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Perry Henzell's Relentless Journey Celebrated in New Documentary
No Place Like Home is probably the Perry Henzell film you never heard of. Hopefully that might change with the help of the documentary short film ‘Perry Henzell: A Filmmaker’s Odyssey’, which closed the day of screenings for the Reggae in Film, Reggae Month event being staged by JARIA, on Monday, February 23, 2015 at the Louise Bennett Garden Theatre.
‘A Filmmaker’s Odyssey’ is the story of the making of No Place Like Home. The documentary is a cautionary tale as well as a source of inspiration for the perilous journey the filmmaker undertakes. The story behind No Place Like Home is particularly striking because the film only took over two decades to see the light of day, but also because it reveals the way in which Perry Henzell inspired others, as well as the lasting impact of his iconic The Harder They Come.
‘Perry Henzell: A Filmmaker’s Odyssey’ is a celebration of Perry Henzell’s vision and legacy. It brings no glaring analytical eye to Henzell’s process, nor to the problems surrounding the film in particular or filmmaking in Jamaica in general. That task, will be left to some other film. Its mission is simple, to celebrate Perry Henzell while bringing attention to No Place Like Home and it carries out this mission well.
As the documentary explains, No Place Like Home started as the sequel to The Harder They Come in 1973. Alas, plagued by the absence of a script, limited funding, and eventually the disappearance of the negatives, for almost two decades it appeared that the film would never make it to the big screen, though finally did with a little luck, great tenacity and much hard work.
‘A Filmmaker’s Odyssey’ is narrated by Wayne Jobson who delivers the tale in an engaging and unaffected way.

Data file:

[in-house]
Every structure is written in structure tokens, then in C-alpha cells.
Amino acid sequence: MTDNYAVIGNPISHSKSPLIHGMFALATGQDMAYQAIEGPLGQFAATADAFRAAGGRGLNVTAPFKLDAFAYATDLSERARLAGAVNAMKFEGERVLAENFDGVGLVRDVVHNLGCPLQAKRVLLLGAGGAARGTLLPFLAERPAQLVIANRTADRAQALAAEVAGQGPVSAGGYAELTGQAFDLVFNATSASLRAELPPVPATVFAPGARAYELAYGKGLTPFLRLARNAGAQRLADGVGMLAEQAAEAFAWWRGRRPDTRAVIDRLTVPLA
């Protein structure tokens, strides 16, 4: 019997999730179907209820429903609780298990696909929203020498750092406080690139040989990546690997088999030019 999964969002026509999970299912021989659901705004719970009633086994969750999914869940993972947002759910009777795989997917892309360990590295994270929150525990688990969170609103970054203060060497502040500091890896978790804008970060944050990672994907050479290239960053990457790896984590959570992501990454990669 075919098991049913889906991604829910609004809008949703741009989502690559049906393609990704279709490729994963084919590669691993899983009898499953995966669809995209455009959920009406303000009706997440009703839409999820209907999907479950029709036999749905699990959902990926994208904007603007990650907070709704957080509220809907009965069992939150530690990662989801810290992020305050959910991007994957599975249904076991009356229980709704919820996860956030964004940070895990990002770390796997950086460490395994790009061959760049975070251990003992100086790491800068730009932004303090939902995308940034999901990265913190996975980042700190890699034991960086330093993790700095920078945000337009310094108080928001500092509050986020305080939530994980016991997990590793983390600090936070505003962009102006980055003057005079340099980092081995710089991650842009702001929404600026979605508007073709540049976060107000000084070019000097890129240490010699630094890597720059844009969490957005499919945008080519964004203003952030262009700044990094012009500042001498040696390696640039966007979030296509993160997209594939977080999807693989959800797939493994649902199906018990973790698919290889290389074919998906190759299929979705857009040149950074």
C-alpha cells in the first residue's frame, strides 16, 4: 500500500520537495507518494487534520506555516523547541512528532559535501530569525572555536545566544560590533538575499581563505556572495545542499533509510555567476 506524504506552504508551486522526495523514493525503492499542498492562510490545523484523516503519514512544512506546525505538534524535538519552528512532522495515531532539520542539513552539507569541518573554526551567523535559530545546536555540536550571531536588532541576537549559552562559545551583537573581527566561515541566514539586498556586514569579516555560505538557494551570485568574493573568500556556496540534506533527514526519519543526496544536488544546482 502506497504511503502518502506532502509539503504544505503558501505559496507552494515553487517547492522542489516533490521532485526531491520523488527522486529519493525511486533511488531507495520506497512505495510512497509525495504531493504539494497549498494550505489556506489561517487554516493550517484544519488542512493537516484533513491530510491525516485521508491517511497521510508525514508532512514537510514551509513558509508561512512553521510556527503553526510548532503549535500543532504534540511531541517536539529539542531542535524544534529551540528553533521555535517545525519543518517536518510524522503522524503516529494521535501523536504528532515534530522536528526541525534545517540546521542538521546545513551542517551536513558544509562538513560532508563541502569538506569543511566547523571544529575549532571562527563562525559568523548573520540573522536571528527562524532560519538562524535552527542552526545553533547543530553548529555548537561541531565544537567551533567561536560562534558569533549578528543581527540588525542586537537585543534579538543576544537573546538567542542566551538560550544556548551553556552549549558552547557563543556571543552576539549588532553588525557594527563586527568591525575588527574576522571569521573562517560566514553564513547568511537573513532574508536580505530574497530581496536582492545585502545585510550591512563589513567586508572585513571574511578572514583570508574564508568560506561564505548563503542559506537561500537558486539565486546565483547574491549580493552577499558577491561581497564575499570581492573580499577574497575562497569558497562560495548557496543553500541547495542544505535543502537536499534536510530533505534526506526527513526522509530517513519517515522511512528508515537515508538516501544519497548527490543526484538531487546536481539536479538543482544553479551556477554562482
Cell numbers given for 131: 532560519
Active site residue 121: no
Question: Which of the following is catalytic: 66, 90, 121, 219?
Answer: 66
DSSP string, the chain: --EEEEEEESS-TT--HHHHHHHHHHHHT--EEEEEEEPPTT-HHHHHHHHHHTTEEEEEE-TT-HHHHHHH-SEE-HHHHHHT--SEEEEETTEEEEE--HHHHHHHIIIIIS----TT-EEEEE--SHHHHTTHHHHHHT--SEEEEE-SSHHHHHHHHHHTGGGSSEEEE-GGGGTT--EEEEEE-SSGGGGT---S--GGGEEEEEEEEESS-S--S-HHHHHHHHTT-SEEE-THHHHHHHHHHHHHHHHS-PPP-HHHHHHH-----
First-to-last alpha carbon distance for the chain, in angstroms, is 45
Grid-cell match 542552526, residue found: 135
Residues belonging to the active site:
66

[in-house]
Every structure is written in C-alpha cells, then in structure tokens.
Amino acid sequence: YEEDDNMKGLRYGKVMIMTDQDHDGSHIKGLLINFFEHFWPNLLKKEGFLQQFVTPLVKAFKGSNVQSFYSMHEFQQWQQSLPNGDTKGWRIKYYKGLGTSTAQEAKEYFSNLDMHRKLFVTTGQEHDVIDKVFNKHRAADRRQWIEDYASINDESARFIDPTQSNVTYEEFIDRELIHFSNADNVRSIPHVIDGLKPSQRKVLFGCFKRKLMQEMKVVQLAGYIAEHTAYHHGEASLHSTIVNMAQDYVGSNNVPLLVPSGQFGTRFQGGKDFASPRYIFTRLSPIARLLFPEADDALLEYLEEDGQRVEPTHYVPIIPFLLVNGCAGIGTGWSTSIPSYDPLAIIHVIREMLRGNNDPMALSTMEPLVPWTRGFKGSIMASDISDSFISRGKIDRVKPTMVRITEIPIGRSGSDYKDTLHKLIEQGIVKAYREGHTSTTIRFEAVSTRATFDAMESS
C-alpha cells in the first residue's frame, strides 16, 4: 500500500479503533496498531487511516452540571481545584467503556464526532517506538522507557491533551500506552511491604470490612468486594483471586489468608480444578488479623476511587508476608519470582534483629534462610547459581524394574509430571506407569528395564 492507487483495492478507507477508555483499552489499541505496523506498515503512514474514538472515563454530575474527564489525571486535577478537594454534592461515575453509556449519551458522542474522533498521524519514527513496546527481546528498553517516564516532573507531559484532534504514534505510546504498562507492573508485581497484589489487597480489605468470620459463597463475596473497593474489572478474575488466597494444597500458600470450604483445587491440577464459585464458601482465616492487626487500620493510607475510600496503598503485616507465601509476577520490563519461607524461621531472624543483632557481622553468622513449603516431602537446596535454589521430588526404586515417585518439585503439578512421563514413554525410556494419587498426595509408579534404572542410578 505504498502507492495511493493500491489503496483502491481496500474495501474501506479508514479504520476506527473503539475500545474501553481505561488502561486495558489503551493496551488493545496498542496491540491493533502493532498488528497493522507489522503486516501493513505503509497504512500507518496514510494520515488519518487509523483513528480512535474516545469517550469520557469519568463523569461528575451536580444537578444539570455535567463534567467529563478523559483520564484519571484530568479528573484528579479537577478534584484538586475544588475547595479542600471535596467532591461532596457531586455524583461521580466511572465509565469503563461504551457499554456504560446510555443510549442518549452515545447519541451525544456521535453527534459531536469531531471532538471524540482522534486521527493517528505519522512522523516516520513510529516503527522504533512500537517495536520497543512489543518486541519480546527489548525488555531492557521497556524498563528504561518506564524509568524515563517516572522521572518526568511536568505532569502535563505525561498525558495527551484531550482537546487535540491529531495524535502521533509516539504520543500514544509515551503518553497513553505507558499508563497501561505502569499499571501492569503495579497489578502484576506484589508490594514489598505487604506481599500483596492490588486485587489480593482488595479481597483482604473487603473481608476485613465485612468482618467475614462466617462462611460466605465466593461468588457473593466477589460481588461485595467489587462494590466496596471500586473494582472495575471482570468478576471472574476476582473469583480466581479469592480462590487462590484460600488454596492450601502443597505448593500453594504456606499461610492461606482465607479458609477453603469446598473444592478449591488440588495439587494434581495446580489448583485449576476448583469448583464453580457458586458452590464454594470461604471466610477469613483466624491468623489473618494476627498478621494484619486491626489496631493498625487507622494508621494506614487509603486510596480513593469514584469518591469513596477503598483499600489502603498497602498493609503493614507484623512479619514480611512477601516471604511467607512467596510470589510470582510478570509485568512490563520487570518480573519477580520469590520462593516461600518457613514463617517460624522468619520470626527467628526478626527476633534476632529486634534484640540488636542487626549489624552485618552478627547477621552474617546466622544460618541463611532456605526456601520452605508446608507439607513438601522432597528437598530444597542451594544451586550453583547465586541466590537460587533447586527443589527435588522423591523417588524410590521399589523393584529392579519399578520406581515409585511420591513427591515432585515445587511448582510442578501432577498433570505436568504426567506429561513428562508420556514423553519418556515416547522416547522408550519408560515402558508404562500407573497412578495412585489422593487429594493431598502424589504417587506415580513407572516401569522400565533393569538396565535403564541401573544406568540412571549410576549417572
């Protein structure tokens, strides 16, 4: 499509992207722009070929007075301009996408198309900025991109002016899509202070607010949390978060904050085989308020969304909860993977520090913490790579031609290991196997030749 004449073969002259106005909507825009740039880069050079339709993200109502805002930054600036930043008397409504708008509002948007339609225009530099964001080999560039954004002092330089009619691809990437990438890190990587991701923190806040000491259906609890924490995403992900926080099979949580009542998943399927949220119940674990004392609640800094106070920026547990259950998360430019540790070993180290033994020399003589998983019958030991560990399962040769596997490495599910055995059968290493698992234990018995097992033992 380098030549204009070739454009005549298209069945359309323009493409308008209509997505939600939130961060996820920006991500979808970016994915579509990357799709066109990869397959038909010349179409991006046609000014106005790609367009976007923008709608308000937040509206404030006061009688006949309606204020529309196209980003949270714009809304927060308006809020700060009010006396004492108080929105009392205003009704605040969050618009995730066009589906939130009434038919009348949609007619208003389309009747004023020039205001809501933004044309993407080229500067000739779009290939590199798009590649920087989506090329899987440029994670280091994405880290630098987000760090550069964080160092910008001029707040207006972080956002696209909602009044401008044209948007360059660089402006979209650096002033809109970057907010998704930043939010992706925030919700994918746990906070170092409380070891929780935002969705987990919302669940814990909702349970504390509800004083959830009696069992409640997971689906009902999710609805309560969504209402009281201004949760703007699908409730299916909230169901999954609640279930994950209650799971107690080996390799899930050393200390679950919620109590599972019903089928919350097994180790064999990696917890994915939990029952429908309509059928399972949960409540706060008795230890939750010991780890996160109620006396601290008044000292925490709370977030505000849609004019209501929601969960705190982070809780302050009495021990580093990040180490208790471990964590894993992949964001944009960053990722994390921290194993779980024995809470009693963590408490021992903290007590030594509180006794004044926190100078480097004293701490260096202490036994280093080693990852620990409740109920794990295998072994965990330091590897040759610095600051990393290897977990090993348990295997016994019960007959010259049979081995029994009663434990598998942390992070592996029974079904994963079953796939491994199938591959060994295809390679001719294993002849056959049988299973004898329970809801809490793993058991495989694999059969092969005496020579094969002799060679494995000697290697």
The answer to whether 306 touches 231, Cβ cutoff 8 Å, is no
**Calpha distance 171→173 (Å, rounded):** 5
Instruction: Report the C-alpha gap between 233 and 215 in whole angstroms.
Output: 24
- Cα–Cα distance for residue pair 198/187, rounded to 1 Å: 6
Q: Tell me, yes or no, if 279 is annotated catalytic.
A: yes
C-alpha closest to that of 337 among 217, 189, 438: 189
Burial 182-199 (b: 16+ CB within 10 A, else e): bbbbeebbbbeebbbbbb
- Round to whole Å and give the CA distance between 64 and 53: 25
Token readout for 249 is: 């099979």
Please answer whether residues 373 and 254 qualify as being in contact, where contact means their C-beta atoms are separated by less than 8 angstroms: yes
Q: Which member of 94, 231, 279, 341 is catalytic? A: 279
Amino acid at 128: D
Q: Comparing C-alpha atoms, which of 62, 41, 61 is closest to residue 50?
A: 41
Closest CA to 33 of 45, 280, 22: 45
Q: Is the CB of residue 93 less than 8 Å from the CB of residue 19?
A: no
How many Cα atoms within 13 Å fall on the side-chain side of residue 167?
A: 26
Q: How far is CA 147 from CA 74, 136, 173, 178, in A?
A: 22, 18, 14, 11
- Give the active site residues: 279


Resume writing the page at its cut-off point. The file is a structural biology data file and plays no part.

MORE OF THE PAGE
“I guess for the family, angels come into your life. I’m sitting between two angels,” said Justine Henzell. “They might not look it, they are well disguised, but they are angels,” she said commending Arthur Gorson and David Garonzik (producers and directors of A Filmmaker's Odyssey) for the effort and vision they put into restoring No Place Like Home.
Justine Henzell would later tear-up momentarily as she spoke about her father’s trials as a filmmaker in comparison to her own. Her admiration as she spoke about him and gaining the chance to finally work with him during the filming of scenes that had to be re-shot was evident.
“There is no excuse for me not to do the best I can,” she said.
Thirty-three years after it began production, No Place Like Home got its first film festival screening at the Toronto film festival in 2006. However, later that same year when it received its first Jamaican screening at the Flashpoint Film Festival, it would finally come home, but without the filmmaker, who had passed away the night before.
Members of the Henzell family, the film’s production team and Charles Campbell representative of JARIA, spoke in glowing terms about Perry Henzell and his impact on the landscape.
Arthur Gorson revealed that he was particularly moved to be screening the documentary in Jamaica.
“I’ve never before had the opportunity to show a film to an audience I’d dreamed of show it to,” he said.
Yet the documentary, is only part of a larger dream. The short film is the centerpiece of a Kickstarter campaign to raise funds for music clearance to allow No Place Like Home to finally be commercially released. And hopefully, it will take much less than another 25 years.